Summer is here whether we want it to be or not. It is the time of year when you are driving around you cant help but notice other peoples lawns. Some look very green and nice, while others look drab patchy and brown. More often than not anymore the very green ones are unfortunately chemical induced. Not all of the patchy browns one can be fixed with fertilizer. Some just have the wrong type of grass for the location . The Bermuda that was originally planted may have done great until the trees in the yard began to fill out and produce more shade than the Bermuda could handle. Others lawns just need some TLC, and aerating is a great start, especially with all of the clay our Ozark soil has. Here are a few more tips about grass types and growing them in the Ozarks. Zoysia is one of our favorites (Best Grass to Grow in the Ozarks).
Our lawn is looking a little brown and patchy this year. (our dogs don’t help Tips for a More Dog Friendly Yard ). So topping my to-do list is fertilizing the lawn and thinking of anything I can do to get the lush lawn that always seems just out of reach here in Northwest Arkansas.
Before we fertilize this year we are going to start with aeration. This will help break up the hard clay soil that plagues NWA. It will allow the grass roots to not only receive more air and water but will help the fertilizer that we apply permeate to the root network better. (Promoting root growth) This will allow our fertilizer to do its job instead of just running off during rain or when we water.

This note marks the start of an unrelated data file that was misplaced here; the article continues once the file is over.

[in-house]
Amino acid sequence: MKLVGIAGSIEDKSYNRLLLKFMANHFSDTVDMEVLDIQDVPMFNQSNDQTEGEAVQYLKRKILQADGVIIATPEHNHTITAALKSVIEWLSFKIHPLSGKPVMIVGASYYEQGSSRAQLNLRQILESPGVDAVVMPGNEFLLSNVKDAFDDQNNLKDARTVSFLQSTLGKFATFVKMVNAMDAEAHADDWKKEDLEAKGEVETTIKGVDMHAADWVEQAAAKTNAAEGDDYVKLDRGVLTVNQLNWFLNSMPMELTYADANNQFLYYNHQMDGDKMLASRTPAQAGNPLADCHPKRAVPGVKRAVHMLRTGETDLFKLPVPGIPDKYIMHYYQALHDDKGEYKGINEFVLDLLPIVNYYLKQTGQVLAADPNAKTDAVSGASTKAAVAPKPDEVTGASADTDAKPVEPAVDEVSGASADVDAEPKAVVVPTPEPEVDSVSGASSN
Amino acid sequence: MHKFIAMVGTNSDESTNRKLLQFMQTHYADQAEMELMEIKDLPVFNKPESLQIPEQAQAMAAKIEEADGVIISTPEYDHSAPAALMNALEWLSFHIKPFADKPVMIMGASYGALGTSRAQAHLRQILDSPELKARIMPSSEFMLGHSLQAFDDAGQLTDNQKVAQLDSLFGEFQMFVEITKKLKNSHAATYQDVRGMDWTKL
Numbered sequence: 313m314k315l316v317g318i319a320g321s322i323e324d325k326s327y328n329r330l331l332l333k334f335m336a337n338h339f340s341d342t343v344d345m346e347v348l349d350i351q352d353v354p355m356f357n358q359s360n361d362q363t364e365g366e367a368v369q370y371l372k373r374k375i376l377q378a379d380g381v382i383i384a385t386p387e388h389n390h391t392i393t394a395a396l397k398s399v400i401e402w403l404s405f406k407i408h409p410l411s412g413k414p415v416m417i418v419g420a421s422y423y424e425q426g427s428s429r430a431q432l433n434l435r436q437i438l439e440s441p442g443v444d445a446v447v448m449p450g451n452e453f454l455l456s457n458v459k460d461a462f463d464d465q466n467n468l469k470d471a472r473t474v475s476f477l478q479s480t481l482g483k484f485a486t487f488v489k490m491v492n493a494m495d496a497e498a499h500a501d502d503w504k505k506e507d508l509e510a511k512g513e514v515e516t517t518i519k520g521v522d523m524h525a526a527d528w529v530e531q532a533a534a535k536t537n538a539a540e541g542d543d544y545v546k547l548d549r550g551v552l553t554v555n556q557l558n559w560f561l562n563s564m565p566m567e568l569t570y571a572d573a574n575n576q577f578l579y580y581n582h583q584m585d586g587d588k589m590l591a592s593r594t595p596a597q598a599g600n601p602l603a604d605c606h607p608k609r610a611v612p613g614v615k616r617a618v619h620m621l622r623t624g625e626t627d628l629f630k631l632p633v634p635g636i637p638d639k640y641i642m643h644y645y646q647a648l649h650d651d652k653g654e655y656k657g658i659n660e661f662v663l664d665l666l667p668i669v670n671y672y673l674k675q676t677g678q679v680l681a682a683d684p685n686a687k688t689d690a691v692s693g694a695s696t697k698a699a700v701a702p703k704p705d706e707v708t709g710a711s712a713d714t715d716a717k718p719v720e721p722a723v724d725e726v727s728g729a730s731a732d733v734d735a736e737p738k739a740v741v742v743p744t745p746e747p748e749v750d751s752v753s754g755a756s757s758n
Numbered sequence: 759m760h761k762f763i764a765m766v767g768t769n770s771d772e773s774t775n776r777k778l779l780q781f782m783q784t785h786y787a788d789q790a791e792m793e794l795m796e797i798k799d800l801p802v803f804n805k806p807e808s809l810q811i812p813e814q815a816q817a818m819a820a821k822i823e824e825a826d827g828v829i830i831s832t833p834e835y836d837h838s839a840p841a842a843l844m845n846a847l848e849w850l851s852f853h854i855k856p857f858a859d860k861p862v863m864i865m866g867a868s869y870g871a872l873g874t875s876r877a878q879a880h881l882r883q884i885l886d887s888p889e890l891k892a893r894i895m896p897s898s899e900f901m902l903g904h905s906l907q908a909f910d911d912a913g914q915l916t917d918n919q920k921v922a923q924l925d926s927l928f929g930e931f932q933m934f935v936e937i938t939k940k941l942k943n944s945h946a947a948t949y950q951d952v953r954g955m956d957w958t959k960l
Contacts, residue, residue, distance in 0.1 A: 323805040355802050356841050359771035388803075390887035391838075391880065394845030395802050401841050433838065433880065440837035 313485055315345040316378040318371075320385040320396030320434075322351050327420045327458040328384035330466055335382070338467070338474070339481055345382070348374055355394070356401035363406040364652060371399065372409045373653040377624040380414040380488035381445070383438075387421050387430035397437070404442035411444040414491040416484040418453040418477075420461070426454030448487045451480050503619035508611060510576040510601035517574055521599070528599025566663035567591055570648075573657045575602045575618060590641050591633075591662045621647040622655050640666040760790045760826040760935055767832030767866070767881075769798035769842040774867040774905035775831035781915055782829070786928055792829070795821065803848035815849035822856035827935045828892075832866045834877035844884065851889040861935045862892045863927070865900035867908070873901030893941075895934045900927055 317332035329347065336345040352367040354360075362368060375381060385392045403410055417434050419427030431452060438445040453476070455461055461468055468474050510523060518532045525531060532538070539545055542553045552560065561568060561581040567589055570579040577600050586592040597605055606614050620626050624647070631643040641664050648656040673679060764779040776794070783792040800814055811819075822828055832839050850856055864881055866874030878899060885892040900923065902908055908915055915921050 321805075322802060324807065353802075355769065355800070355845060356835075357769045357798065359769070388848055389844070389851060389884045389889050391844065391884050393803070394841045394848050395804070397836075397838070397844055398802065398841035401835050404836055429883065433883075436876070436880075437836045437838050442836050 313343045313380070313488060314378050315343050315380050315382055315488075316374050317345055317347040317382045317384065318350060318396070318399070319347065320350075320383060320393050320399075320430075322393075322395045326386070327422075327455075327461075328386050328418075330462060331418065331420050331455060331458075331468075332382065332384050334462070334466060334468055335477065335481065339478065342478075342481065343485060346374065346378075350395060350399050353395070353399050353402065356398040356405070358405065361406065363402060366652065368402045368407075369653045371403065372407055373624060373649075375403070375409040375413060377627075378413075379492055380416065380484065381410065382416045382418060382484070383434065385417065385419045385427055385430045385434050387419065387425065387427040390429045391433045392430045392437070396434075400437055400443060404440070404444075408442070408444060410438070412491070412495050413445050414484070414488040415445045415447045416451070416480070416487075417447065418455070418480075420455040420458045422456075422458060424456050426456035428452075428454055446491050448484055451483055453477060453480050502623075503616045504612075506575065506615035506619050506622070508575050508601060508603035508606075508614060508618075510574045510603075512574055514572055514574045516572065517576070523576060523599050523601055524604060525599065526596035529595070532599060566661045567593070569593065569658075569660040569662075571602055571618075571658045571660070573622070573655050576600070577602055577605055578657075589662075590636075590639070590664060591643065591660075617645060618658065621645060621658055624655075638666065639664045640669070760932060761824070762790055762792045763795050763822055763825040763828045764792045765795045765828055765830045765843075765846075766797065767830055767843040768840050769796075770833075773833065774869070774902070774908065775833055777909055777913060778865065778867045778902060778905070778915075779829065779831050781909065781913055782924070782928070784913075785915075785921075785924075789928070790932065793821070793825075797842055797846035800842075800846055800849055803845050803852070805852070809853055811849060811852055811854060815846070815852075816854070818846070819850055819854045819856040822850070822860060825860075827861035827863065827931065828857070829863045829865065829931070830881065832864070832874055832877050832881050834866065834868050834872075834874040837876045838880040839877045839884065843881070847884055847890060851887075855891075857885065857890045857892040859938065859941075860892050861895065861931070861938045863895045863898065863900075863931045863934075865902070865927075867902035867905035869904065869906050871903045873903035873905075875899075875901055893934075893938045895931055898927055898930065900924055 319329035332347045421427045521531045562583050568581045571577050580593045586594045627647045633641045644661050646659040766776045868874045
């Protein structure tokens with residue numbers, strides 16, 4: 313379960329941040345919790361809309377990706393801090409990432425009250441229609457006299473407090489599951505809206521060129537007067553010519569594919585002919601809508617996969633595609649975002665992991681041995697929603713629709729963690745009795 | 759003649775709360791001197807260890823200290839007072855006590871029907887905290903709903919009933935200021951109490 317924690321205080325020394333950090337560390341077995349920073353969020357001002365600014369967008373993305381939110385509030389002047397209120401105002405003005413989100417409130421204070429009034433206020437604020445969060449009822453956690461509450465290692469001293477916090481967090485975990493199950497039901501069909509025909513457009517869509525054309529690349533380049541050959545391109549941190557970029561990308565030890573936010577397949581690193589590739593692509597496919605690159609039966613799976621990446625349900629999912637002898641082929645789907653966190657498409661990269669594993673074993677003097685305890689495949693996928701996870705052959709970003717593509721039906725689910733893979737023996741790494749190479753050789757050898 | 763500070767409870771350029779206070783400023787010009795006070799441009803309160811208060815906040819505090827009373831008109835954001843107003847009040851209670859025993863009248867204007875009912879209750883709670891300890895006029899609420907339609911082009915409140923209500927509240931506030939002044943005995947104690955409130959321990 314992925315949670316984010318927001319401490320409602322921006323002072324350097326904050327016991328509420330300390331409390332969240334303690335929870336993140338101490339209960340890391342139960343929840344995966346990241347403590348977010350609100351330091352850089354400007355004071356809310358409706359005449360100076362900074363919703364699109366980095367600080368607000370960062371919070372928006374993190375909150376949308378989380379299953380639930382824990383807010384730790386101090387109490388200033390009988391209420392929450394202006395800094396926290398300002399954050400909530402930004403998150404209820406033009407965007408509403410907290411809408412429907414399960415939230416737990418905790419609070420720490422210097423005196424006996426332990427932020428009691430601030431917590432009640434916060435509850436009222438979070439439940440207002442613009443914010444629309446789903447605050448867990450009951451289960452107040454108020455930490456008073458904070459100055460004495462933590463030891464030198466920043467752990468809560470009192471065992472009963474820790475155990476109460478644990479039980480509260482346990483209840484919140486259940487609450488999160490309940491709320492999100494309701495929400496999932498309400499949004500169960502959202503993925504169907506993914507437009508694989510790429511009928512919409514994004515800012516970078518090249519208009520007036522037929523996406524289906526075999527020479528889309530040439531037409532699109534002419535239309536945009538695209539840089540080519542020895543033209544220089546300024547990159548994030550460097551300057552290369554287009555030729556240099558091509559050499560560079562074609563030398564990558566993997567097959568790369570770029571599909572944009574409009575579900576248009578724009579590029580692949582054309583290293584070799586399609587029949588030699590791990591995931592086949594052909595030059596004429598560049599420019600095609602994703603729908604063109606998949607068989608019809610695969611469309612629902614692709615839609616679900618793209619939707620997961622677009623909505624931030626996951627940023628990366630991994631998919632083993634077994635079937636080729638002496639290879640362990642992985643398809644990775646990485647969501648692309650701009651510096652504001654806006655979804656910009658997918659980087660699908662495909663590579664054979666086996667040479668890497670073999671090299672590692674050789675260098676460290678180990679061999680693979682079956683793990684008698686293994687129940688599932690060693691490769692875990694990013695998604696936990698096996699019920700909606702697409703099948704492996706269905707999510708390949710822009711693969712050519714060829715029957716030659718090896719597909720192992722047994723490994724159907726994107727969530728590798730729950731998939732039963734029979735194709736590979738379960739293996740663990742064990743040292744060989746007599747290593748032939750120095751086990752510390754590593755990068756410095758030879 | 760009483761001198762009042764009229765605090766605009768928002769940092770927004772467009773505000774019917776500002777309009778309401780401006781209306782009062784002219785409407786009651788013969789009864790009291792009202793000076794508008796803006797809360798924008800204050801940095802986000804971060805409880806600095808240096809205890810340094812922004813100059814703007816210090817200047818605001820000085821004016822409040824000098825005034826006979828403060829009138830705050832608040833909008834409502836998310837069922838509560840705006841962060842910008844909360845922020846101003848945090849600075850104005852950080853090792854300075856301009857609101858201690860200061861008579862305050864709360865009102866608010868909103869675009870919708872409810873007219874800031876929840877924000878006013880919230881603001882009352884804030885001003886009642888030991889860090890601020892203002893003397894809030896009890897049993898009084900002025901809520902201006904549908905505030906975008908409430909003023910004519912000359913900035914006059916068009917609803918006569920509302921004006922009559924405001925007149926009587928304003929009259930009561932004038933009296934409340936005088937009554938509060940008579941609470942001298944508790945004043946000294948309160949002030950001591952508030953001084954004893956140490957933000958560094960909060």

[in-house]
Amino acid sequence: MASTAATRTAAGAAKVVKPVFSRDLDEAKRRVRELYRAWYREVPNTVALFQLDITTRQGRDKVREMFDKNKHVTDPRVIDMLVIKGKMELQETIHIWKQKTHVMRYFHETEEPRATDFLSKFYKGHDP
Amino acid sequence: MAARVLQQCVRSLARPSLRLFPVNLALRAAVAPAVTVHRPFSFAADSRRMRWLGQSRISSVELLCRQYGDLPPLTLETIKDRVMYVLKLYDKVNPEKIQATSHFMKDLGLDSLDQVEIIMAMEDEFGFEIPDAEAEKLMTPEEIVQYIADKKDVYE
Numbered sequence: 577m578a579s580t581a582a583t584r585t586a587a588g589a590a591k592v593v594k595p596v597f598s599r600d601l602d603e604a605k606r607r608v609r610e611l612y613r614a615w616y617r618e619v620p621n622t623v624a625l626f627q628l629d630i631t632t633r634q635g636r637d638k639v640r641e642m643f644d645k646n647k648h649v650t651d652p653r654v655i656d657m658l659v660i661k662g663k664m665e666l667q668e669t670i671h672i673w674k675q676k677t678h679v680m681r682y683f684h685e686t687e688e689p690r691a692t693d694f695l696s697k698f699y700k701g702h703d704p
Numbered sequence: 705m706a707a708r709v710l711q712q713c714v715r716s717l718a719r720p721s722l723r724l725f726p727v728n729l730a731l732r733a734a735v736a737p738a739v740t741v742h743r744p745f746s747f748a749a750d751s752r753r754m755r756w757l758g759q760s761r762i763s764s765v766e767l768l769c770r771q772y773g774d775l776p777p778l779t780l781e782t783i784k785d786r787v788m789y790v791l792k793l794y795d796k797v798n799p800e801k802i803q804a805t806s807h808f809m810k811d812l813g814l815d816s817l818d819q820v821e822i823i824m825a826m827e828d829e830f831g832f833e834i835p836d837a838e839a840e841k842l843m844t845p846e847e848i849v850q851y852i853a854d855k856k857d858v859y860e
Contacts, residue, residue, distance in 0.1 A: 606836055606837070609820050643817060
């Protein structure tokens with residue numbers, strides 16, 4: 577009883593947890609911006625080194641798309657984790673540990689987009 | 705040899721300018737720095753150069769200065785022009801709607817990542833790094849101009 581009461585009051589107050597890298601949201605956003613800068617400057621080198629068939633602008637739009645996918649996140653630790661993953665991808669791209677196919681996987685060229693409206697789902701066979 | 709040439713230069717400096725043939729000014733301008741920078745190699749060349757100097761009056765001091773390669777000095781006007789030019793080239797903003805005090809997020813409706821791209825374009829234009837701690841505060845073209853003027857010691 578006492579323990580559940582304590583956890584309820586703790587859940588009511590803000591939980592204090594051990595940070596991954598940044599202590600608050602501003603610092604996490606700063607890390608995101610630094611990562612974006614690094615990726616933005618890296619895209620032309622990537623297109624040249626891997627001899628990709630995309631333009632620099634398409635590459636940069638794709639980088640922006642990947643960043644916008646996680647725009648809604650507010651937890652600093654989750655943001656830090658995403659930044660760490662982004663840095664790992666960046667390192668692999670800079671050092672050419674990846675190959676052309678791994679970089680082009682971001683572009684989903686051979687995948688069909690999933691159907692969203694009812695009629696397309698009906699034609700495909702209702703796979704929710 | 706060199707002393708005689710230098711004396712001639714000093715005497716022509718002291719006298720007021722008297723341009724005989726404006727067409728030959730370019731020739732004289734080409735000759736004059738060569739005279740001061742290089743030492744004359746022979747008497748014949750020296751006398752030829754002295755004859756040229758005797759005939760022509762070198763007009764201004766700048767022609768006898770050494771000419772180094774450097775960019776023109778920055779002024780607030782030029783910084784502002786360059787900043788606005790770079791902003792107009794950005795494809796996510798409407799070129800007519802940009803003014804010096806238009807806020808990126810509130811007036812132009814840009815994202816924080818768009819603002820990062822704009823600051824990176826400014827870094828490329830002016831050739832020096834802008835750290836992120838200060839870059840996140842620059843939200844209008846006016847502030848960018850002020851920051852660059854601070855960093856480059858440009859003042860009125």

Some aeration occurs naturally from plants that have a tap roots such as dandelions. If you or a POA aren’t a fan of dandelions and/or other types of plants that are classified as weeds, manual aeration is an alternative. Sometimes nature needs a helping hand.
Benefits of Aeration
- Loosens compacted soil
- Allows nutrients to be absorbed more efficiently
- More air and water reaches the roots for better growth
- Unbinding the roots to promote healthier growth
When Should Aeration be Performed
It is best to aerate a lawn during the growing season. Early Spring is one of the best times. Doing it before fertilizing is also a good idea. Once a year is enough for most lawns but in some situations twice may be more beneficial. Lawns that have a high clay content and areas that have high traffic may need extra attention.
Lawns that have been aerated will need some extra water for a few weeks afterward. We also suggest fertilizing to help encourage and maintain the new growth. Having terrible soil doesn’t have to keep us from having a thick lush green lawn to walk on.
Fertilizing and aerating a lawn is in a lot of ways the same as re-potting a houseplant. If a plant is left in the same pot for too long it depletes the nutrients in the soil it has and becomes root bound. Lets treat our lawns to a little TLC and help give them the water, air and nutrients that their roots need to continue thriving, with out a lot of harsh chemicals.
After all of that we are going to over-seed the lawn and give it plenty of water. By the end of summer hopefully our lawn will be full and green for next spring.